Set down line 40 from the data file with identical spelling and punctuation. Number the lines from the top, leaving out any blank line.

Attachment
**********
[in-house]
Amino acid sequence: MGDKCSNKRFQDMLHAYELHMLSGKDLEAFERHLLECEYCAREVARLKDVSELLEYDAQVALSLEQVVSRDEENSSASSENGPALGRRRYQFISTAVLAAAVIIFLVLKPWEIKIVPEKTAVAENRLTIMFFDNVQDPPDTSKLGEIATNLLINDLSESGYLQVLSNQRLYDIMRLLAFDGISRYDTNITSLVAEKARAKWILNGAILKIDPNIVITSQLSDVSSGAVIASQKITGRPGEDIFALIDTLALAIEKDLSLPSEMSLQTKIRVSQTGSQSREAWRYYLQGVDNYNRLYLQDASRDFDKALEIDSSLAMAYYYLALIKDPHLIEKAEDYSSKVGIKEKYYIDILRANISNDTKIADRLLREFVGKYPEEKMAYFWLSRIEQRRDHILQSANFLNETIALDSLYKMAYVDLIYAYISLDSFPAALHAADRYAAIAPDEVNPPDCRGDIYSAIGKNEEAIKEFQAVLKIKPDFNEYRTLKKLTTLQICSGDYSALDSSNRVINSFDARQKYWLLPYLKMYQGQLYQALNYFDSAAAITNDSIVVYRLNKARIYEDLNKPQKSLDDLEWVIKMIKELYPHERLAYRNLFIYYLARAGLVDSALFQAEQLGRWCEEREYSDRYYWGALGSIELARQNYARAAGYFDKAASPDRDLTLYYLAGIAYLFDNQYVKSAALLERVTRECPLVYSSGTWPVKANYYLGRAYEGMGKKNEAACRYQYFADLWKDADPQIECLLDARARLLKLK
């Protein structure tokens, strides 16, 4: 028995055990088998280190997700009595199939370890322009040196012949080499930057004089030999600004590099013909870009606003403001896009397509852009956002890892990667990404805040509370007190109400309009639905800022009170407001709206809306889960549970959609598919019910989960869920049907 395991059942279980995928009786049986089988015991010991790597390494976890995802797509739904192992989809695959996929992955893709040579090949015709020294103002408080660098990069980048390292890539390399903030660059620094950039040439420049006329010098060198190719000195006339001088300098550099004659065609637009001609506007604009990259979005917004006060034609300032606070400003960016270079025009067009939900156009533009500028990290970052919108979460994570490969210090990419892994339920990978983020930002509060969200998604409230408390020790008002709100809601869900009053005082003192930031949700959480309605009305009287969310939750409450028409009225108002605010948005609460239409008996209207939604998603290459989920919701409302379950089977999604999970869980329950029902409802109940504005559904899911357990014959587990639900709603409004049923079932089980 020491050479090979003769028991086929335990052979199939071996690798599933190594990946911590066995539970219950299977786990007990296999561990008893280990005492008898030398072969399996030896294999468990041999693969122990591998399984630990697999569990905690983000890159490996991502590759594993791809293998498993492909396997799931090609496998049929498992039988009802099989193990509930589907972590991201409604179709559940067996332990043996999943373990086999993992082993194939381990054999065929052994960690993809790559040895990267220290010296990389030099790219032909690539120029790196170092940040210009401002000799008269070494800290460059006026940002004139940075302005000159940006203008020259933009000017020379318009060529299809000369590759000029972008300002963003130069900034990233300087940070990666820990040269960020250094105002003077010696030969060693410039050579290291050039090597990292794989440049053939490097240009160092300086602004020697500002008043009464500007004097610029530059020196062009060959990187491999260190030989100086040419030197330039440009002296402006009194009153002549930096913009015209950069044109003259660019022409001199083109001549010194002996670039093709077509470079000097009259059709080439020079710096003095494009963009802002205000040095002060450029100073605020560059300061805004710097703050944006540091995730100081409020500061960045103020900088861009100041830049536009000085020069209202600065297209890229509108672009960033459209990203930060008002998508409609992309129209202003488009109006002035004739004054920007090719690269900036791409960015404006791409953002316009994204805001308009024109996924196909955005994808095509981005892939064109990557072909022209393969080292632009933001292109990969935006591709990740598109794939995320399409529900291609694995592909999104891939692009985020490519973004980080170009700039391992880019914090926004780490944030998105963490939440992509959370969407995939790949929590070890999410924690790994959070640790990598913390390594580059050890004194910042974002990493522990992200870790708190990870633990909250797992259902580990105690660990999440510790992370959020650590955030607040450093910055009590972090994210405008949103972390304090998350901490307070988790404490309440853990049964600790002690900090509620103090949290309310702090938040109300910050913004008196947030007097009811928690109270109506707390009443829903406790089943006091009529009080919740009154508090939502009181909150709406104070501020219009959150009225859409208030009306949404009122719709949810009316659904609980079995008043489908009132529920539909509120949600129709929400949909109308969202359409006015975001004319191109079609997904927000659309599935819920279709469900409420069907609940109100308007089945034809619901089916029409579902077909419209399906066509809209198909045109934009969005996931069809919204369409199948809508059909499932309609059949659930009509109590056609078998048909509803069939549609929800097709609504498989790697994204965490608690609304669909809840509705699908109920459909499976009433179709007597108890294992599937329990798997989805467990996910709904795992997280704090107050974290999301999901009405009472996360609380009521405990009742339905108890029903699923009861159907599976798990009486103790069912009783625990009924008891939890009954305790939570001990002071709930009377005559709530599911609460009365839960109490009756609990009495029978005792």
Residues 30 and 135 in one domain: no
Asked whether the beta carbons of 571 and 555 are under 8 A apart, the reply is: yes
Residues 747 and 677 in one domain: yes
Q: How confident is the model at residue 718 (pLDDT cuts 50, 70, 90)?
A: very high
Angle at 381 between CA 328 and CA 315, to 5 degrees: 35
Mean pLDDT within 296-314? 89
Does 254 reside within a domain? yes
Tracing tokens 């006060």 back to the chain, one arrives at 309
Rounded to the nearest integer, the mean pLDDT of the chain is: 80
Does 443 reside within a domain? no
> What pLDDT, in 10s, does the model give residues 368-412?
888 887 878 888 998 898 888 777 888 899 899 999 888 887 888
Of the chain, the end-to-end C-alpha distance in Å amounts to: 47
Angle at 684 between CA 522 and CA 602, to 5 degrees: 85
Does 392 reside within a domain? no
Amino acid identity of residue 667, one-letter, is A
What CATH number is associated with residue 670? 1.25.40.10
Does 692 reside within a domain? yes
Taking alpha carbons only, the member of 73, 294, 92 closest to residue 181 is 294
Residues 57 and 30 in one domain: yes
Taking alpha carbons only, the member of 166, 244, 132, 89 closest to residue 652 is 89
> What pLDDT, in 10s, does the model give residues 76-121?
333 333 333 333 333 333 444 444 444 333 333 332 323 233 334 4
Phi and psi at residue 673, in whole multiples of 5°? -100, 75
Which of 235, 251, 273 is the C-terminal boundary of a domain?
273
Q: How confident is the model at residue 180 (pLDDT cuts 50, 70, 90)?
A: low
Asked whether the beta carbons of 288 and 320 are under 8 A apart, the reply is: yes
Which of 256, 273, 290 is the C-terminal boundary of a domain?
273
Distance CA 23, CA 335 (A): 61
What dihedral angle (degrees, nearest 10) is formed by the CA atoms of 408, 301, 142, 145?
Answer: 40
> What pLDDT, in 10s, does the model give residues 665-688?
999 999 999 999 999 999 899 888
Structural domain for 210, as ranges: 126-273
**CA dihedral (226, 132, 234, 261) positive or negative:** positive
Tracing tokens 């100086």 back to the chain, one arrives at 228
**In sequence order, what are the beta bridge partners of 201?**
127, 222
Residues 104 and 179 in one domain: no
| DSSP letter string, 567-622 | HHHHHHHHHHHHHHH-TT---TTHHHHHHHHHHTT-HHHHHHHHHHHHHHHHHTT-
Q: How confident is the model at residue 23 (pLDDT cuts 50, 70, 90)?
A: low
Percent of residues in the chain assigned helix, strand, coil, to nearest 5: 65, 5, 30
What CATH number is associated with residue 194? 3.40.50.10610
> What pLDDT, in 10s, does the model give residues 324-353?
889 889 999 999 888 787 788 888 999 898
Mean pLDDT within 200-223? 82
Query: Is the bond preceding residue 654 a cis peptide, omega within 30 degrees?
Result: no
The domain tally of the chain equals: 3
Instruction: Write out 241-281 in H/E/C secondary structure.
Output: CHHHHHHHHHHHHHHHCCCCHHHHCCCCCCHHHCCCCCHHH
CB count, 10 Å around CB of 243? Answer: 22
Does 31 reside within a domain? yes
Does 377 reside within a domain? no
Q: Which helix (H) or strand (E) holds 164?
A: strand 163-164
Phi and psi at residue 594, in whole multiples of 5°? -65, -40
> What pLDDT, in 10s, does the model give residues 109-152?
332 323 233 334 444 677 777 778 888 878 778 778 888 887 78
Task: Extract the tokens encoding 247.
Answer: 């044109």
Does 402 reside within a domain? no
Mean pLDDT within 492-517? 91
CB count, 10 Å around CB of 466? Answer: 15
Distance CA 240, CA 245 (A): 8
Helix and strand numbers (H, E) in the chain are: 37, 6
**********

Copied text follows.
999 999 999 999 999 999 899 888